(While we are on the subject, could you please point out to your children that when they take their cell phones into the movie theater and flip them open to check if they have text messages every ten minutes during the movie that they are shooting a blinding white light back at the people sitting behind them? Very distracting and, dare I say it, rude. Thank you.)
So. All of this to illustrate we need to implement some new rules of etiquette. Why? To create an identifiable playing field so we know how we should treat others, and how we should expect to be treated. We have telephone etiquette for the basics of what to say and how to take a message, but what about the new cellphone etiquette covering when not to answer the phone and let it take the message? The criteria: How to be Free without allowing our Freedom to to encroach on others. Going further: Using our Freedom to improve our lives and the lives of others. (Give these two guidelines to your teenagers and tell them to test their desires against them. Just be sure you remember, they’ll be testing you against them too!)
Just as with technology, etiquette and good manners must continue to evolve. So, using the above criteria, I offer this compendium of advice. (Below)
These simple courtesies will help keep us all sane in an ever changing world. And who knows, if you model your new cellphone manners to your friends they may even catch on. We all have the power to influence others, and even the smallest things can change the world in positive ways.
How to Avoid Making People Fruity With Your BlackBerry
1. Be aware, when you take or make a call in the company of others you are sending the message that their time is less valuable than yours. Every time. However, the use of courtesy and awareness can avoid this problem.
2. Remember, the people who are actually with you are the most important people to talk with. Try using Caller ID to screen calls. That way you have the option of allowing voice mail to pick up and return the call at a more appropriate time, or to excuse yourself if it truly cannot wait. Be apologetic, so the message is, “I’d really rather not, but I must.”
3. Never take a personal mobile call during a business meeting or in class. This includes interviews and meetings with subordinates, or for students, club meetings after school. Many times, it is correct etiquette to inform others at the beginning of a meeting that you are expecting an important call and get their permission to take it or excuse yourself when the time comes.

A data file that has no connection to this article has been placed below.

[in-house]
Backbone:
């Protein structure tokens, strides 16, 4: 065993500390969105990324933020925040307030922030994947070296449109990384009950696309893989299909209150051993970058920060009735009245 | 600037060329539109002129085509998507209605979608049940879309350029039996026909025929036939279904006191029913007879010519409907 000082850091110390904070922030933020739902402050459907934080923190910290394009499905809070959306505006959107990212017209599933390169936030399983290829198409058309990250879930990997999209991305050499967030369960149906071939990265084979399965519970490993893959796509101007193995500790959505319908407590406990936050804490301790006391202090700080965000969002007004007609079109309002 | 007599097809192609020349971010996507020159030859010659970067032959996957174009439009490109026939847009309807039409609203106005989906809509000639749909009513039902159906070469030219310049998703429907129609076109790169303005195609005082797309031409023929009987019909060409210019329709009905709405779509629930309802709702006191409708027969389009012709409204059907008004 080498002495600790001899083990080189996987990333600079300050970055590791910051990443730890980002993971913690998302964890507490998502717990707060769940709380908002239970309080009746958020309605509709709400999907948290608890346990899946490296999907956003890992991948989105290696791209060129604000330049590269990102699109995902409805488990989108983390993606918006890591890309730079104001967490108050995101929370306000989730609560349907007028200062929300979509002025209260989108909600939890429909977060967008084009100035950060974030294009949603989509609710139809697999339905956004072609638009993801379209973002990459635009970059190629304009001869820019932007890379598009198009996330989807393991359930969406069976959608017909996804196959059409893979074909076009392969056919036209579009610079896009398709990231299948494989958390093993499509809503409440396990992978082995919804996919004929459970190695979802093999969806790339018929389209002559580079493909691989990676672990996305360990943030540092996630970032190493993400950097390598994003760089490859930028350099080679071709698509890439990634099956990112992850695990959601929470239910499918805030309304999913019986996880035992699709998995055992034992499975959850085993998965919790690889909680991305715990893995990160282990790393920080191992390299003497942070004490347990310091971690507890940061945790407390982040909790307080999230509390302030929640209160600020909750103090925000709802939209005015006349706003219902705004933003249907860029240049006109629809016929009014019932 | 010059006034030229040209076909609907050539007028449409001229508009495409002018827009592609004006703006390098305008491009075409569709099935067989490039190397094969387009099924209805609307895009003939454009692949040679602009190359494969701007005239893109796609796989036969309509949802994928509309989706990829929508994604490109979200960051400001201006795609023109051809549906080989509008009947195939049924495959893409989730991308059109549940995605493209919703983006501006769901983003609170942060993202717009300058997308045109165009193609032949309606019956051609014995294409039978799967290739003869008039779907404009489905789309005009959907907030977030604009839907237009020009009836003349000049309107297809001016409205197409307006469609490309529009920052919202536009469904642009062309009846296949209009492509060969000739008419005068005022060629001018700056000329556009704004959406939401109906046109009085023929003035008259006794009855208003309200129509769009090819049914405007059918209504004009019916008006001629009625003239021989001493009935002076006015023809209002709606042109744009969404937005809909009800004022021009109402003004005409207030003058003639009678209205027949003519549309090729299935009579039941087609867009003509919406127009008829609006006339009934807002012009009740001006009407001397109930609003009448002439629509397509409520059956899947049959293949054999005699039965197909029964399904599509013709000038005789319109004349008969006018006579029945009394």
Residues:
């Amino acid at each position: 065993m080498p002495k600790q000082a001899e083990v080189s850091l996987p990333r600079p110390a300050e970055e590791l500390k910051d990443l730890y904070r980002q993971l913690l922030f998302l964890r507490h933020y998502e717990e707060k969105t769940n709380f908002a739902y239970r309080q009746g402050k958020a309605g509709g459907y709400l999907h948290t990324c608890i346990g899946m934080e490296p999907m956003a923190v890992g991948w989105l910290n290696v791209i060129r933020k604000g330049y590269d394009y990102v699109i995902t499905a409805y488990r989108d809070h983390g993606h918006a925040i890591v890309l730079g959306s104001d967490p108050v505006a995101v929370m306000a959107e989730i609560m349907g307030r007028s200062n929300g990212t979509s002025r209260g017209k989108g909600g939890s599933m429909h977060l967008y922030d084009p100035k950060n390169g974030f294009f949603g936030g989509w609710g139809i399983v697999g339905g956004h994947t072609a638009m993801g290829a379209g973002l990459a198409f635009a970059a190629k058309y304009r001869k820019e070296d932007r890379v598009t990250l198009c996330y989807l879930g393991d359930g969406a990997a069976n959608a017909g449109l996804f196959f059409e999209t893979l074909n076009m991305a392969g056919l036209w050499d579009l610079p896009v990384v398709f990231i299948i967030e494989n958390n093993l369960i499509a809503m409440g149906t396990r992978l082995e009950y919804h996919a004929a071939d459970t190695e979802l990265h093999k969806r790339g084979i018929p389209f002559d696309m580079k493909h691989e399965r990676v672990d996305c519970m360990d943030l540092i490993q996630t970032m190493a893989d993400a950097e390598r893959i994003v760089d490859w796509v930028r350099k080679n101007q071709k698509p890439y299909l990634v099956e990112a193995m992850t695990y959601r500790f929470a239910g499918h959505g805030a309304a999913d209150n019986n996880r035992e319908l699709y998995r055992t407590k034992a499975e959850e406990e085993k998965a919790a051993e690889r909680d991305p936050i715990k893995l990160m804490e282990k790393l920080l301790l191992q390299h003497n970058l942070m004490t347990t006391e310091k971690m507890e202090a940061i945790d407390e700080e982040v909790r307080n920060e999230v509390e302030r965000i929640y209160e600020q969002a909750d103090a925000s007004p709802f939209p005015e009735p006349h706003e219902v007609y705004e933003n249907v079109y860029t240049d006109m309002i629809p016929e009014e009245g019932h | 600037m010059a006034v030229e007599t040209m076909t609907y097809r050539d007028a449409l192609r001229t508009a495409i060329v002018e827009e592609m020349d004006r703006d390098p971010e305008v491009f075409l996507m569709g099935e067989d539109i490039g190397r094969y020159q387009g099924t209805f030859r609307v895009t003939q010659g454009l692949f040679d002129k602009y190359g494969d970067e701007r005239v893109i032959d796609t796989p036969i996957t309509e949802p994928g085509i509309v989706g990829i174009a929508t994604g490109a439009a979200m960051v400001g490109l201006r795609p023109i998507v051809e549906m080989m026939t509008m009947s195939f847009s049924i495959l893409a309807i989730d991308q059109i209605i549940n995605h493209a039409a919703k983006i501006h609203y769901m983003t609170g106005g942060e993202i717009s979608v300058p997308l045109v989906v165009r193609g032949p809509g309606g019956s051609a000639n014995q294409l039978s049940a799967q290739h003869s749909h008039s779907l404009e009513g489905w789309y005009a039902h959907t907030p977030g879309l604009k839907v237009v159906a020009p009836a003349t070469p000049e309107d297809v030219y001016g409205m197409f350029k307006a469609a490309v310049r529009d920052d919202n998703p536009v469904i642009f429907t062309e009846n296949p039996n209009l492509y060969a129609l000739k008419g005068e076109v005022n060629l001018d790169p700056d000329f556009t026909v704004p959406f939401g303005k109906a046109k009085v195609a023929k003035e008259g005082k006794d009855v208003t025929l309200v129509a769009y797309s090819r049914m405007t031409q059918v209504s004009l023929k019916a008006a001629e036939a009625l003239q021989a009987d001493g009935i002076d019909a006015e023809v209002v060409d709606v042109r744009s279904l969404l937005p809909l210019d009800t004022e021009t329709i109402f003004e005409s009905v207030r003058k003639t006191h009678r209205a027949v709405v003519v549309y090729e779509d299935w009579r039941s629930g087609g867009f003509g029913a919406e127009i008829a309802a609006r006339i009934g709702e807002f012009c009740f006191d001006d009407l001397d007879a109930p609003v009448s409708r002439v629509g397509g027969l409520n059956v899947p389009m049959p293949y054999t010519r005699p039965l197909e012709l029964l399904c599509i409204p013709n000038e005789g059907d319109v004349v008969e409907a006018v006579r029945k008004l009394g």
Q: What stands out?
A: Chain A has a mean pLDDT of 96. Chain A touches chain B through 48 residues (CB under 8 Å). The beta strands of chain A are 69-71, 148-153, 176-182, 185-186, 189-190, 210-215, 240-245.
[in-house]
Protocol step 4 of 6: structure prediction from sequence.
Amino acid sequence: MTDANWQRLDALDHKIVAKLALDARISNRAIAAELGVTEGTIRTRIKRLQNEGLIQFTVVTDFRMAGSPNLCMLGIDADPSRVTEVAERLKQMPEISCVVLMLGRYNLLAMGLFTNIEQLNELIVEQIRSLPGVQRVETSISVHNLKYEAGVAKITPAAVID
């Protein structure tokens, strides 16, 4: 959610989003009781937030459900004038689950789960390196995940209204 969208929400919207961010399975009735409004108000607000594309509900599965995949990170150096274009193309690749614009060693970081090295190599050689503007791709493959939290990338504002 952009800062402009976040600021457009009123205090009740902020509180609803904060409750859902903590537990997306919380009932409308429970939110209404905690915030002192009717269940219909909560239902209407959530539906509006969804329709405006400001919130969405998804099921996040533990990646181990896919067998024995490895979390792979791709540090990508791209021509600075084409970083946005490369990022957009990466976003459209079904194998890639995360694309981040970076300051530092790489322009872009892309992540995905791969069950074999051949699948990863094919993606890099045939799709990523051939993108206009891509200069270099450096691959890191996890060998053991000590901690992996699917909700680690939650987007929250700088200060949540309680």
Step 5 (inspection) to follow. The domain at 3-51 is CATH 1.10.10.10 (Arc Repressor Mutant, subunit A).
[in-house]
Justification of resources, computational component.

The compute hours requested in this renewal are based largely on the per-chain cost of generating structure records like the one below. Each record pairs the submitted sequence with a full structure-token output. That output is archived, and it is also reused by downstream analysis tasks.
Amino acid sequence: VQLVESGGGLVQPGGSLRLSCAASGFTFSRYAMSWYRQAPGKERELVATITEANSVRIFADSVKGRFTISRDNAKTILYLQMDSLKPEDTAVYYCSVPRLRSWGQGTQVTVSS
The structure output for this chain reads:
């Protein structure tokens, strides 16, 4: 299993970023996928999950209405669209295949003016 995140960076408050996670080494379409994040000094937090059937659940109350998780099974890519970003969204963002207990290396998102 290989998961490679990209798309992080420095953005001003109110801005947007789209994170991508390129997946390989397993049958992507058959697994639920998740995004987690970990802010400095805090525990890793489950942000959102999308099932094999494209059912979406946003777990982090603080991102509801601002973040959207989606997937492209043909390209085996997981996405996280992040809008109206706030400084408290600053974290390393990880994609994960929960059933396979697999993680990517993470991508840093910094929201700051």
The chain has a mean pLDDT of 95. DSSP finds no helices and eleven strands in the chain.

4. Try to maintain at least a 10-foot zone from anyone while talking. And don’t yell! Speak in a lower-than-normal voice - you will be heard by the caller, but not by everyone around you.
5. Avoid calls where you may be distracting to others, such as theaters and auditoriums, elevators, restaurants, libraries, museums, doctor waiting rooms, places of worship, or other enclosed public spaces, such as hospital emergency rooms. Use vibrate mode when in places where you can take a call, but don’t want to disturb others with your latest ring tone.
6. Don’t ever have emotional conversations in public. Imagine what it would look like if the other person were actually there in public with you. Would you still have the same conversation in the same tone? Not unless you really crave attention!
7. Don’t think that typing away on your keyboard is any less dismissive or distracting - even if you are hiding it under the edge of the table. Use the same techniques of courtesy as with a cellphone.
8. Never “multi-task” by making calls while shopping, banking, waiting in line or conducting other personal business.
9. When you’re with friends and must take a call, keep the call short. Strive to keep all cellular conversations brief and to the point.
10. The beeping of electronic games is every bit as distracting as a cell phone, if not more so. Don’t subject others to it in an attempt to distract a child. Turn off the sound if possible, or simply help the child practice patience! Using the imagination to stave off boredom is a wonderful skill that can’t be accidentally forgotten at home.